14. You have a right, sometimes, to inconvenience  or disappoint others. 

You have a right to disentangle and disengage from people who are toxic to your life. You also have a right to try and re-engage at any time if that feels positive for you and your family.

Psychiatry is meant to be healing work. Sometimes to heal distance is required.

“If we begin to understand that relationships are not cages, that family is not a cage, we could release, and be released without suffering so deeply and profoundly.” Fiona McCall

This is not meant to rationalize irrational behavior. And is not meant to be substituted for putting work in to mend relationships if they can be mended. It is meant to bring peace in a moment when you may feel turmoil.

Seeking therapy and objective feedback is a great first step in exploring your own family dynamics and individual boundaries. Find someone you can connect with and who will validate your experience. And may you find peace.




Ten Signs You May Benefit From an Anti-depressant (for adults)

Many clients call for a medication evaluation after months or years of struggling with the decision to try psychiatric medication. You may have thought “I just need to suck it up,” “So many people have it worse” “I can just power through”. You may have been told by therapists over the years that you could benefit from psychiatric medication, “But I work, I have a family, I’m functioning. I’m fine. I don’t have time. etc.” The following are ten common reasons patient’s present for medication assessments.

  1. You have been told by a therapist or multiple, by another healthcare provider, by a family member of friend that you could benefit from trying medication for your mood.
  2. You have thought about this decision for weeks, months, or years, with many times being able to talk yourself out of it.
  3. In the past six months there have been changes in your sleep and eating patterns either increasing in sleep and food consumption or decreasing in sleep and food consumption (weight loss or gain).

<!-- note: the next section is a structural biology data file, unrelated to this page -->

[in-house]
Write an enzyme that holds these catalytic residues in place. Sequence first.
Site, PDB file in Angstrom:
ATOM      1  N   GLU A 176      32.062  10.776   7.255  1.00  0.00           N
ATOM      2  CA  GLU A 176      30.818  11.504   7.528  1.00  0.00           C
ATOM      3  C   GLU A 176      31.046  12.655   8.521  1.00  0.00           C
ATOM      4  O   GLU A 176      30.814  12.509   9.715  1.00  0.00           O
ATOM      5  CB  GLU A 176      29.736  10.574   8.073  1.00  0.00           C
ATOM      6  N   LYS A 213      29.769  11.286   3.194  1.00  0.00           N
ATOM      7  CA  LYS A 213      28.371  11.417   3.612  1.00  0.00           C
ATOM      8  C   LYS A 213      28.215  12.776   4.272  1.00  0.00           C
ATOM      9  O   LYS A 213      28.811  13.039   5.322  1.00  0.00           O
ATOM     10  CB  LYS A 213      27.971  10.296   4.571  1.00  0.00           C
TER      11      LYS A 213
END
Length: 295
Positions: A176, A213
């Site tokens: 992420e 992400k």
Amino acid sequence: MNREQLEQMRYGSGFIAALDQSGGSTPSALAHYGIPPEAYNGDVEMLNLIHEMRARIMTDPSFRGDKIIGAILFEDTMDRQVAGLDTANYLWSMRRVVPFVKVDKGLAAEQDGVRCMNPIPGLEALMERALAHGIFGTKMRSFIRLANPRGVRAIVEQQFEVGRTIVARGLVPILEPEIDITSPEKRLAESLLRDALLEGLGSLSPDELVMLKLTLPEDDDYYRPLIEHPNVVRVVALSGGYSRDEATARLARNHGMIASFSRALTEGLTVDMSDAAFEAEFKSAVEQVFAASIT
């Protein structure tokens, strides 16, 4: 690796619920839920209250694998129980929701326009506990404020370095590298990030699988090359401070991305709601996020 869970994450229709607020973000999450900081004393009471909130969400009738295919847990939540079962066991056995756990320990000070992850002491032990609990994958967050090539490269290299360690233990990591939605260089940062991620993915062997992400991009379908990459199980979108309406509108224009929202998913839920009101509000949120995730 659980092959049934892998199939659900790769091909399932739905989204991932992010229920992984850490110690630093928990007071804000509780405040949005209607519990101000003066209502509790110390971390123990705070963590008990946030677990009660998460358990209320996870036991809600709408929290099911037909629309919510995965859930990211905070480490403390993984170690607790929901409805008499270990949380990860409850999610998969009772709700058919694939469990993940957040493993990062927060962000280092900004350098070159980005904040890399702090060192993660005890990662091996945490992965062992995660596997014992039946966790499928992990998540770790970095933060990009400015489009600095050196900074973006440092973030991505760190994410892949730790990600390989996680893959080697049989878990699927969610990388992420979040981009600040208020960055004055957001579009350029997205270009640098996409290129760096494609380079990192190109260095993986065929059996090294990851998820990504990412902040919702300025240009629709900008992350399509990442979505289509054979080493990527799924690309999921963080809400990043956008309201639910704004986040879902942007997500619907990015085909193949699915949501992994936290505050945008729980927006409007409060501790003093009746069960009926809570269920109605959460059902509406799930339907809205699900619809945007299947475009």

4. You don’t feel like yourself. Something’s off. You’re more sad, more irritable, more anxious, more tearful, less motivated, less sexual drive, less able to concentrate, having difficulty at work, and your significant other and/or children notice a change in you.
  5. Hormonal changes can cause increase in depressive and anxiety symptoms- are you menopausal? Are you postpartum? Did you recently stop breast-feeding? Did you start or stop birth control? All of these changes can lead to changes in mood.
  6. Some one in your immediate family with whom you are genetically linked takes anti-depressants and feels a benefit from them.
  7. Season changes cause changes in mood. Is Winter always particularly difficult? Is Spring? Are you having more trouble this year “bouncing back”?
  8. Acute and chronic stress lead to changes in brain chemistry which can lead to depression and anxiety symptoms. Death of a loved one, sudden change in financial situation, divorce, job loss, job stress, traumatic relationships emotionally or physically or sexually. Traumatic childhood abuse over the course of years can lead to depression and anxiety symptoms in adulthood especially if particular memories are triggered.
  9. New diagnosis of a terminal or chronic medical illness can trigger depressive episodes that present with fatigue and pain in addition to other classic depressive symptoms.
  10. Anxiety and panic symptoms can be treated effectively with certain anti-depressants. If you have no depressive symptoms but suffer from high anxiety symptoms, social anxiety, panic symptoms more than three times a week, then you may benefit from an anti-depressant.

All of the above reasons generally impact a person’s level of functioning as an individual, as a spouse, parent, and employee or employer. Not everyone needs medication, but if you are suffering and your life is being impacted do not hesitate to call and seek an assessment. Maybe it’s time to not “power through” but to enjoy the journey.